The recent contamination of spinach with E. coli bacteria is fostering renewed calls for a single, independent federal food safety agency that would regulate animal and plant production in an integrated way, according to an article scheduled for the Dec. 11 issue of the American Chemical Society's weekly news magazine, Chemical & Engineering News (C&EN).
C&EN Senior Editor Bette Hileman explains that a gap long has existed in the food regulatory system, with responsibilities split between the U. S. Department of Agriculture (USDA) and the U. S. Food and Drug Administration (FDA). No agency, however, oversees the kind of farm-based safety problems that led to the E. coli episode and other outbreaks.
The article notes a contrast in staffing at the two agencies, with USDA's 7,000 inspectors able to visit 6,000 food processing plants daily and FDA's 800 inspectors capable of inspecting a particular processing plant only once every five years.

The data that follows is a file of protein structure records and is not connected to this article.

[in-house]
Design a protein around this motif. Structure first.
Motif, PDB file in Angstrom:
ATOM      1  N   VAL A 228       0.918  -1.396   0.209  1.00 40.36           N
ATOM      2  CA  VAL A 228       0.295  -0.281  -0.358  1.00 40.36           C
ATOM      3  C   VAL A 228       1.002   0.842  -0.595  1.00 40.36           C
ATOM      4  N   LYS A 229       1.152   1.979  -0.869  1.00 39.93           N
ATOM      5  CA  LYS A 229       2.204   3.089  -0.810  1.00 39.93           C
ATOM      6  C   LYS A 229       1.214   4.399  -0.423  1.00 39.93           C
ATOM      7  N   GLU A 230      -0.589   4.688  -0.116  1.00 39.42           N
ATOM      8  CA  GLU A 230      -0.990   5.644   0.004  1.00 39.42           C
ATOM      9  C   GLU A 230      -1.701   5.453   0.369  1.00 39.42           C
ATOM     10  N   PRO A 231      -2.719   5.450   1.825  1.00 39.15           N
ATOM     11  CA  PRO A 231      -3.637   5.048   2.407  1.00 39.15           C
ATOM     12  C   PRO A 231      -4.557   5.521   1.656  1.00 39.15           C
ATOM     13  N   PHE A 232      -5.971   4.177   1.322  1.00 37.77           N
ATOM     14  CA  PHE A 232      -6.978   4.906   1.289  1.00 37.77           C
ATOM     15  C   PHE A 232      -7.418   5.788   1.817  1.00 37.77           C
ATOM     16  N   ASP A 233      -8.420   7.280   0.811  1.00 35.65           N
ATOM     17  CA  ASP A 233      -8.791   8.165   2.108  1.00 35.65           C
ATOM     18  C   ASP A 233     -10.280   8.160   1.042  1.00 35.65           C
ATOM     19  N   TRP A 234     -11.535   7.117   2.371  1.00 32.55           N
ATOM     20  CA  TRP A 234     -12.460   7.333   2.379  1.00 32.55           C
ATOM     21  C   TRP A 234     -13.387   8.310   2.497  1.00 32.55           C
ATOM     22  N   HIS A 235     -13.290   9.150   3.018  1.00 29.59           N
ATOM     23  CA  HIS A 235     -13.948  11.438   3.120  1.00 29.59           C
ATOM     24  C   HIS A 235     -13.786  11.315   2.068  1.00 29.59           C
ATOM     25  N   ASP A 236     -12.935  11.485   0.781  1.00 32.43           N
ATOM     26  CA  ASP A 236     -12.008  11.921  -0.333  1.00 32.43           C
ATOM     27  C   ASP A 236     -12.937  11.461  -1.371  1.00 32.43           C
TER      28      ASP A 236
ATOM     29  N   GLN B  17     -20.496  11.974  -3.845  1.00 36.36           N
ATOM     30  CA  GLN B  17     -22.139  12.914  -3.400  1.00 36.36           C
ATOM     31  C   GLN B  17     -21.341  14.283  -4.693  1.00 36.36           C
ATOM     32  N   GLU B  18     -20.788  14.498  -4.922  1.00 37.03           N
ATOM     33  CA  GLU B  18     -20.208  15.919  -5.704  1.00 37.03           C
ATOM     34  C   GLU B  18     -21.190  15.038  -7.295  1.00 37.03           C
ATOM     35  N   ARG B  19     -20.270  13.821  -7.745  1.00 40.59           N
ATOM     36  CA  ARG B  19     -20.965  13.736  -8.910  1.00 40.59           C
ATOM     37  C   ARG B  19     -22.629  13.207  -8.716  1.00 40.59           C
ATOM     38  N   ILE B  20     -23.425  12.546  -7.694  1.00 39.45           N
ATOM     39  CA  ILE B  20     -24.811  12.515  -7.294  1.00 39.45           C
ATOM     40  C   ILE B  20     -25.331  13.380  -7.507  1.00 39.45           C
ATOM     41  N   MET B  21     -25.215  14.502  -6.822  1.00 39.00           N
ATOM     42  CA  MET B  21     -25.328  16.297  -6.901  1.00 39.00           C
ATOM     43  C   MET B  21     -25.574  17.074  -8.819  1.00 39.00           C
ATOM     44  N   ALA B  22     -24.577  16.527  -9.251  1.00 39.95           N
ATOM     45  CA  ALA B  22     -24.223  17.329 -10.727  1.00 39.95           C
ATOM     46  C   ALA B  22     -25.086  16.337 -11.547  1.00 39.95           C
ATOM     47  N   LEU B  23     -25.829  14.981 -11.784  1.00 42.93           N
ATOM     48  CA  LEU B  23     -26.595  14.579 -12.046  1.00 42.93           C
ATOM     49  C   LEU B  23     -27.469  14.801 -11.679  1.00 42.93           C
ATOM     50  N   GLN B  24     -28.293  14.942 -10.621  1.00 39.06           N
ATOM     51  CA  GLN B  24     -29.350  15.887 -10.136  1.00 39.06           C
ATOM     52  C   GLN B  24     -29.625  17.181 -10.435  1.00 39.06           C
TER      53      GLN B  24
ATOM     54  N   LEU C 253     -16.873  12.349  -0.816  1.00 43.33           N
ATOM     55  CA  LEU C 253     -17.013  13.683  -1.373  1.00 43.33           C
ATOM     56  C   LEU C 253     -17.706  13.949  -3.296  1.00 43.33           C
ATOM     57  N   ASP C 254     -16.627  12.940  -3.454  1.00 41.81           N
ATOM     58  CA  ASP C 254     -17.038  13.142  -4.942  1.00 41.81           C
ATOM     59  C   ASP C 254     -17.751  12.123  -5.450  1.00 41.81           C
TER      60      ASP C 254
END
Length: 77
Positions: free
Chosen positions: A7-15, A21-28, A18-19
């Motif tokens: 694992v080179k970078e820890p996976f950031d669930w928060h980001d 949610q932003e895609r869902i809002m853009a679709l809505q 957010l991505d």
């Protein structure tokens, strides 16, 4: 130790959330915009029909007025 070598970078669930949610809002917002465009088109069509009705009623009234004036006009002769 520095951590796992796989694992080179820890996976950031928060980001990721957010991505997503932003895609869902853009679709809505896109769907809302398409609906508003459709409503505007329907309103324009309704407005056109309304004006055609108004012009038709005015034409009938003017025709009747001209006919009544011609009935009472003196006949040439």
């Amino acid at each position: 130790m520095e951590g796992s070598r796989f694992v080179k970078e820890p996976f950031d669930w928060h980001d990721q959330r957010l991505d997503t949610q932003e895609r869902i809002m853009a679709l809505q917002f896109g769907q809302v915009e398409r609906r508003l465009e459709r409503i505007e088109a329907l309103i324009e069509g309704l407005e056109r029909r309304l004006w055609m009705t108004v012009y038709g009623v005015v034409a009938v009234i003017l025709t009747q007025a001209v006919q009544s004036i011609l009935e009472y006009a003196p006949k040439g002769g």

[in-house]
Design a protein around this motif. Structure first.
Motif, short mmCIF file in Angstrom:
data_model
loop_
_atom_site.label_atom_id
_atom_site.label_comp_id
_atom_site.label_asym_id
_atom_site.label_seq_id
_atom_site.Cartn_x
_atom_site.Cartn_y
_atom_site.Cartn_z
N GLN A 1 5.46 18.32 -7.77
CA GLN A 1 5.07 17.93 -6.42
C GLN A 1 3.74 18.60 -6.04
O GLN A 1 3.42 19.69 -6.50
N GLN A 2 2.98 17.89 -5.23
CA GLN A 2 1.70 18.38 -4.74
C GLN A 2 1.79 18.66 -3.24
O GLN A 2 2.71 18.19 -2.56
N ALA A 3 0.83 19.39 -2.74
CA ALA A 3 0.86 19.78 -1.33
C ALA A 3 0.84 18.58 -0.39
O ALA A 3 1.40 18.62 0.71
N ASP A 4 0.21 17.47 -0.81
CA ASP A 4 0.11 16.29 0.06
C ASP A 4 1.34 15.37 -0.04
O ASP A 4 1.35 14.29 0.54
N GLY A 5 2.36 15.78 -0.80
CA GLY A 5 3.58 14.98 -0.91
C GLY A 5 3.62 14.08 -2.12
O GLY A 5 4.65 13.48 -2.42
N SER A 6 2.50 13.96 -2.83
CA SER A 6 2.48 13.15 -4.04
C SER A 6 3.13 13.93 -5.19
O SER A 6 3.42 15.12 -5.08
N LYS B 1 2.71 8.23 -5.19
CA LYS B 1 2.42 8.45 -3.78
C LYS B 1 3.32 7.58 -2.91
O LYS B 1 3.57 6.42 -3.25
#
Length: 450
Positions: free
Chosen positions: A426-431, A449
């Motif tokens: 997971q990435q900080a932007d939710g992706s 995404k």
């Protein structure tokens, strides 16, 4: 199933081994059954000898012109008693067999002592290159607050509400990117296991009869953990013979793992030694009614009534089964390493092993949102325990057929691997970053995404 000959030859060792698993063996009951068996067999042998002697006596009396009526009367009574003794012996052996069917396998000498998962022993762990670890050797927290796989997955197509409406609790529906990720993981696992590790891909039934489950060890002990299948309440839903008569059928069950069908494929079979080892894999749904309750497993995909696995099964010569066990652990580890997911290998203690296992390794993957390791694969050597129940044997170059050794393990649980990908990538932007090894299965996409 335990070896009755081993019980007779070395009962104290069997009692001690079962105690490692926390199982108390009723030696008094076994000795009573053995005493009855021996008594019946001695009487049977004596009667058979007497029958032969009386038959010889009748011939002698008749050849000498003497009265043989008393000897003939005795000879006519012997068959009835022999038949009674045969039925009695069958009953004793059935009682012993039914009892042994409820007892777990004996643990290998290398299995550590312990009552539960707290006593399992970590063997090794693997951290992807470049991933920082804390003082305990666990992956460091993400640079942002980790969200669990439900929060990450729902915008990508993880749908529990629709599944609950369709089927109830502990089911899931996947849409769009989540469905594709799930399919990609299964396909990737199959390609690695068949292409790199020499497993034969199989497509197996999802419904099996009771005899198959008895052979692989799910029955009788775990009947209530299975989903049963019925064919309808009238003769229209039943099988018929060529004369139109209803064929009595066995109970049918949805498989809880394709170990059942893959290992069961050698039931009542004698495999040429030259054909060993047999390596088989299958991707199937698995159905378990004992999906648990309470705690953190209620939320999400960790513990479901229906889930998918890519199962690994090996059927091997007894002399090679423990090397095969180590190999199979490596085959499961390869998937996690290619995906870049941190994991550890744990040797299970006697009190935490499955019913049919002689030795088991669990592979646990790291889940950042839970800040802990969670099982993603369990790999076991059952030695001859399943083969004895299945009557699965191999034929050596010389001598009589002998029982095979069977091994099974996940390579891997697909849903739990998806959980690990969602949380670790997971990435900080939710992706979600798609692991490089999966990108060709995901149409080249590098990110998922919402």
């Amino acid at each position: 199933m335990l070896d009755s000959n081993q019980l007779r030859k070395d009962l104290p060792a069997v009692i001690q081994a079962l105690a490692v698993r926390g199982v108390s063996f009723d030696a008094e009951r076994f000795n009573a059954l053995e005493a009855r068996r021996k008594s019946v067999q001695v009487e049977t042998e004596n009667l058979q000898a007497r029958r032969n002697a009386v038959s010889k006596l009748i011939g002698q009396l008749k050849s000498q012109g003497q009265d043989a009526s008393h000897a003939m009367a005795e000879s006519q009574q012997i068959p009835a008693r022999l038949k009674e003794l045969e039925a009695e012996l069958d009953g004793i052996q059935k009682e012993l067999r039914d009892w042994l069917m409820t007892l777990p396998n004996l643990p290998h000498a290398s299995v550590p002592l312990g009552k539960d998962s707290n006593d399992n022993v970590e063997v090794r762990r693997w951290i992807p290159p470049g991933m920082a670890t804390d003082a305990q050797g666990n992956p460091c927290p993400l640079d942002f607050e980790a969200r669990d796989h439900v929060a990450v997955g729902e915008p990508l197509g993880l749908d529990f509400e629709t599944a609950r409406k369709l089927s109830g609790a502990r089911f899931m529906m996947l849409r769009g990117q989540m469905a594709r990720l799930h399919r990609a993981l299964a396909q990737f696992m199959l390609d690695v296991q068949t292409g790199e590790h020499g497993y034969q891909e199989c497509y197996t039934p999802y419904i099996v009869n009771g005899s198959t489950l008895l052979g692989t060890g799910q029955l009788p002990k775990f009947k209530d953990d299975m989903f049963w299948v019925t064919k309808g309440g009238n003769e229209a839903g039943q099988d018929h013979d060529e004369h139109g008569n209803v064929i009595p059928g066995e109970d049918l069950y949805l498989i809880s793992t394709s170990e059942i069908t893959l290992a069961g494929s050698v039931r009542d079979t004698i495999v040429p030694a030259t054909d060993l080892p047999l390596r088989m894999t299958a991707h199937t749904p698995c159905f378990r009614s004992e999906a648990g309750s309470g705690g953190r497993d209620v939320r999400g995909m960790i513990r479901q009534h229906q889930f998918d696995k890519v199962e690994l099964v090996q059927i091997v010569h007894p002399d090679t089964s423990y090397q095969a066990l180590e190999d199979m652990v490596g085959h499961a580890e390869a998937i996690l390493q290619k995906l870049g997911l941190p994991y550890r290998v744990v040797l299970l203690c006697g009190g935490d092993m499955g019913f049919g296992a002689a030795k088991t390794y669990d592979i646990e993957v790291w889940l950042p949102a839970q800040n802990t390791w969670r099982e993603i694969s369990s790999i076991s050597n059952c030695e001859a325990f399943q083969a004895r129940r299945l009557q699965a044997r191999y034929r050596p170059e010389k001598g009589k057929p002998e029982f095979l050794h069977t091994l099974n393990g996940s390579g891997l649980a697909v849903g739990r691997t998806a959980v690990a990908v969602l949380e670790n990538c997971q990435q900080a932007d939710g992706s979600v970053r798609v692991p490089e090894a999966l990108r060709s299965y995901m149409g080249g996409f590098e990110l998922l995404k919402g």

Hileman also describes how the spinach tragedy has led to suggestions for use of electron beam irradiation and special labels or codes that enable produce to be traced back to the farm where it was grown.
The above post is reprinted from materials provided by American Chemical Society. Note: Materials may be edited for content and length.
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